When I picked up Far from you by Tess Sharpe I was in the mood for a young adult fiction that is not a dystopian novel or a romance fiction. While the book delivers on the former front, romantic love remains a strong driving force in this novel. ‘Far From you’ is a first person narration of the protagonist Sophie Winters, a recovering addict whose best friend Mina was murdered in front of her. With no one interested in her take of the events, the police determined to file it away as a drug deal gone wrong, Sophie inevitably is determined to bring down the killer on her own. 

Tuesday, 1 December 2015

Midnight's Children - Salman Rushdie | Spoiler Free

*All Book Reviews on this blog are spoiler free.*

"I repeat for the last time: to understand me, you'll have to swallow a world.” - Salman Rushdie, Midnight's Children.

I know it has been nearly a month since I last posted a book review and I have a reason (or an excuse) which goes by the name of Midnight’s Children. Midnight’s Children is one of the more famous books of Salman Rushdie. Every time I review a book I attempt to remain objective, to explain the reasons of my liking (or disliking) the book, accepting that it may appeal differently to a different audience and so on and so forth. The final decision - whether you read the book or not - is entirely up to you. Today, I am admittedly writing with an agenda– to convince you to read this book. 

The book begins with our protagonist Saleem Sinai settled in a pickle factory and trickling towards his 31st birthday when sits down to write his autobiography. Unlike most autobiographies, Saleem’s story doesn’t start at his birth (or at his conception). His story begins when his grandfather kneeled on a frozen patch of ground under the blue Kashmiri sky and hit his nose in the process. Beginning in early 1915, Saleem narrates the story of how his family came to be and how it seems inevitably the history of his country is tightly wound with that of his family.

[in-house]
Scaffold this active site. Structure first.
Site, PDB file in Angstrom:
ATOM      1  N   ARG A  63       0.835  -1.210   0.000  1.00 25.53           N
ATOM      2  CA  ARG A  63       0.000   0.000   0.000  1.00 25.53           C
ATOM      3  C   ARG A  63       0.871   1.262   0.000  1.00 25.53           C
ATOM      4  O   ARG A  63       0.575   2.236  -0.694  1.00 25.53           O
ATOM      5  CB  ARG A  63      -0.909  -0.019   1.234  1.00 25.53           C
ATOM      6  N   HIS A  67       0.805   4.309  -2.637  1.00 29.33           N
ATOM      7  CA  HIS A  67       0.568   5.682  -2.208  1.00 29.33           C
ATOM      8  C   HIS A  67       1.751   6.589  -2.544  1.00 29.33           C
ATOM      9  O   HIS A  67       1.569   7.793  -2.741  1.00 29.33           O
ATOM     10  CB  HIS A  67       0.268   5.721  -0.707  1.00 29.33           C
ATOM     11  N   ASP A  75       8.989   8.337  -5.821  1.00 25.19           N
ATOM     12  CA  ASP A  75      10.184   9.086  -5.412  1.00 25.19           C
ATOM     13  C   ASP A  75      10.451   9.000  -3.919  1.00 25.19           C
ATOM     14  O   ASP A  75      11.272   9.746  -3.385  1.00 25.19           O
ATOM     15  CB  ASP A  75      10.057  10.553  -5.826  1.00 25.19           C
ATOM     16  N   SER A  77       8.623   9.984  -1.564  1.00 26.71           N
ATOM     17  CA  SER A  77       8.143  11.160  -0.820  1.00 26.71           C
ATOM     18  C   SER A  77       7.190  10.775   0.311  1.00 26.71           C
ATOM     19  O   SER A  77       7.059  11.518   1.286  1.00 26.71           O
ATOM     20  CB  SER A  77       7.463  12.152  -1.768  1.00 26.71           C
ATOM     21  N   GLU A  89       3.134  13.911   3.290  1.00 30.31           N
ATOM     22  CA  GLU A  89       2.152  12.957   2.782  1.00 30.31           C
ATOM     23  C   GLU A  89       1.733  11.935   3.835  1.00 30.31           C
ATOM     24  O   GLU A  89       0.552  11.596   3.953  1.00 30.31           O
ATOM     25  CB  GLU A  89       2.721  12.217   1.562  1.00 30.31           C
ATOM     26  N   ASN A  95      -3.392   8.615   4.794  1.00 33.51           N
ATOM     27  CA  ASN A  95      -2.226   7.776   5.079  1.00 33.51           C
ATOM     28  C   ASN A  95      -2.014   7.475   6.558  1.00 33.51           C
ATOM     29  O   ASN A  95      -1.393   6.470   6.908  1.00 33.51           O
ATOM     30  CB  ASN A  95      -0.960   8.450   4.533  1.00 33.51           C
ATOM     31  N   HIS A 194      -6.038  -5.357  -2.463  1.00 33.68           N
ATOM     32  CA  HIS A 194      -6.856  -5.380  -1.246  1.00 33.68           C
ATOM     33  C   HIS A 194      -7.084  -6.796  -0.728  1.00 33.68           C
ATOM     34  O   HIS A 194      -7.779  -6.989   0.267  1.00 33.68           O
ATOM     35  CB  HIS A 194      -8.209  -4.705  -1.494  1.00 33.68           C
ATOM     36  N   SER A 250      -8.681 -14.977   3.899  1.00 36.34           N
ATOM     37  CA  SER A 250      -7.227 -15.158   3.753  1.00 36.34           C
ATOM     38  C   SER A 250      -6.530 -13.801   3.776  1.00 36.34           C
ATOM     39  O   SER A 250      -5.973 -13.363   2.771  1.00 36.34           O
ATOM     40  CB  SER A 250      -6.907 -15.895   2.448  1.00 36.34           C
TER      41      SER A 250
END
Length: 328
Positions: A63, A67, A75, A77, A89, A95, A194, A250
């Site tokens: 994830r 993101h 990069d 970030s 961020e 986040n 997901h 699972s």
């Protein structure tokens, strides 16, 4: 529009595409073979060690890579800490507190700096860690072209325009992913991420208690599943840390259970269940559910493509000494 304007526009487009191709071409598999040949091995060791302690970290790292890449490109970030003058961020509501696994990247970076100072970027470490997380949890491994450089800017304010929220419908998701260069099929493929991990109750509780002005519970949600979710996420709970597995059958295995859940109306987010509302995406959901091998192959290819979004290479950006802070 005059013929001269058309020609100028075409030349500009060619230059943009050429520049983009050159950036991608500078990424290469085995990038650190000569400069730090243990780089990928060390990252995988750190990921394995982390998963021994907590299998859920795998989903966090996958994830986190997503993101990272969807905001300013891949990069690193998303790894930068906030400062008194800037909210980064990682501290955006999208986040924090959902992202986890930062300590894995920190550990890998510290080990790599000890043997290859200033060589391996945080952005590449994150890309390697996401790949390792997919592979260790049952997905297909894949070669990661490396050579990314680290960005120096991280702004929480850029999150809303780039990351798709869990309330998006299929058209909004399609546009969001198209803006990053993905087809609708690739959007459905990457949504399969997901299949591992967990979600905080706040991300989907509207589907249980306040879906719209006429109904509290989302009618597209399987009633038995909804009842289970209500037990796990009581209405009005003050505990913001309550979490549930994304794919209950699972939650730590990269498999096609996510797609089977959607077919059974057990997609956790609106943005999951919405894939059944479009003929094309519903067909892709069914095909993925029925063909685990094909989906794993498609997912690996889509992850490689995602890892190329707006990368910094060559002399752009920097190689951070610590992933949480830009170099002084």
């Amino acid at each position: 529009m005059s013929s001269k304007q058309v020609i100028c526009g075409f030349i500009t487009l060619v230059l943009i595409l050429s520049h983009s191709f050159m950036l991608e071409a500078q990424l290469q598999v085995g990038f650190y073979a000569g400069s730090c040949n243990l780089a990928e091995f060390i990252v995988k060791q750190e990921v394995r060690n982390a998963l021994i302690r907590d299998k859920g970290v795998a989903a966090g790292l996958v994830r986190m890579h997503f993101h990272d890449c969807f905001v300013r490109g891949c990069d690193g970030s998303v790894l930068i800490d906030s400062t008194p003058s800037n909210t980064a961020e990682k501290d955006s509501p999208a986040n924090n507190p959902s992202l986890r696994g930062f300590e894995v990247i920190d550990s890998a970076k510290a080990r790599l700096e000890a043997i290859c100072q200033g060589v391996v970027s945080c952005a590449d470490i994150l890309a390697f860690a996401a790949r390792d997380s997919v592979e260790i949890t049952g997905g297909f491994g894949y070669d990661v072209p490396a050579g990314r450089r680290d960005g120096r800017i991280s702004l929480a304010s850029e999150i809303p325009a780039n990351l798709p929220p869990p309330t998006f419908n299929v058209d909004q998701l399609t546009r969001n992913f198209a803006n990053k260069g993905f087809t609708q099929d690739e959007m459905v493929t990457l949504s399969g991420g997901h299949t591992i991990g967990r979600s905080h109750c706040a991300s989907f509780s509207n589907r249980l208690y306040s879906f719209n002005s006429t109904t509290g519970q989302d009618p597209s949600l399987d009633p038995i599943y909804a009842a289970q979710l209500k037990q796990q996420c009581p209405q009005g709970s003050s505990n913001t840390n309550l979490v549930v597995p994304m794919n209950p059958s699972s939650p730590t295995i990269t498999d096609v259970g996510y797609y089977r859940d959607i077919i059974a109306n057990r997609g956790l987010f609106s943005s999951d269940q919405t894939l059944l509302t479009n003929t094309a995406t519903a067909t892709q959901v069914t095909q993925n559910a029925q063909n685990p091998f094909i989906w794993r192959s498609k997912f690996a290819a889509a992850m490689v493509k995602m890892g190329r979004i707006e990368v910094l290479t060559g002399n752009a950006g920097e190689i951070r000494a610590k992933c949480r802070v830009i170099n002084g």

Wednesday, 28 October 2015

Cultivating Worldview

Here’s a thought- Why do we listen? I don’t mean listen and obey or listen and respond. Listening, truly listening for the joy of it is an art. And like all art forms, there is one basic reason we respond to it and why some music is just noise, some paintings just squiggly lines and paint strokes. We need art to be able to cultivate a better worldview. 

According to Wikipedia, Worldview is the fundamental cognitive orientation of an individual or society encompassing the entirety of the individual or society's knowledge and point of view. To break it down in simpler terms, Worldview is the ability to look at the world with the knowledge and perspective of many different people compiled together. 

Some art moves us because it provides us with perspective. I look at the stars and some nights, I am reminded of the way Van Gogh looked at the stars and I try to find his stars among mine. Listening to Hozier’s Someone New reminds me of something similar I thought nearly a year ago but couldn’t put into words. A quote I found goes some like this- I befriend people who make me look at the world differently. This quote is both a mirror and a window. After reading it I seek out people dramatically different from me and I start creating patterns among the people who are already my friends. This quote makes me look at the world differently.

Friday, 23 October 2015

5. The Scarf Lady

Chapter 4 : Thursday

Chapter 5 : Friday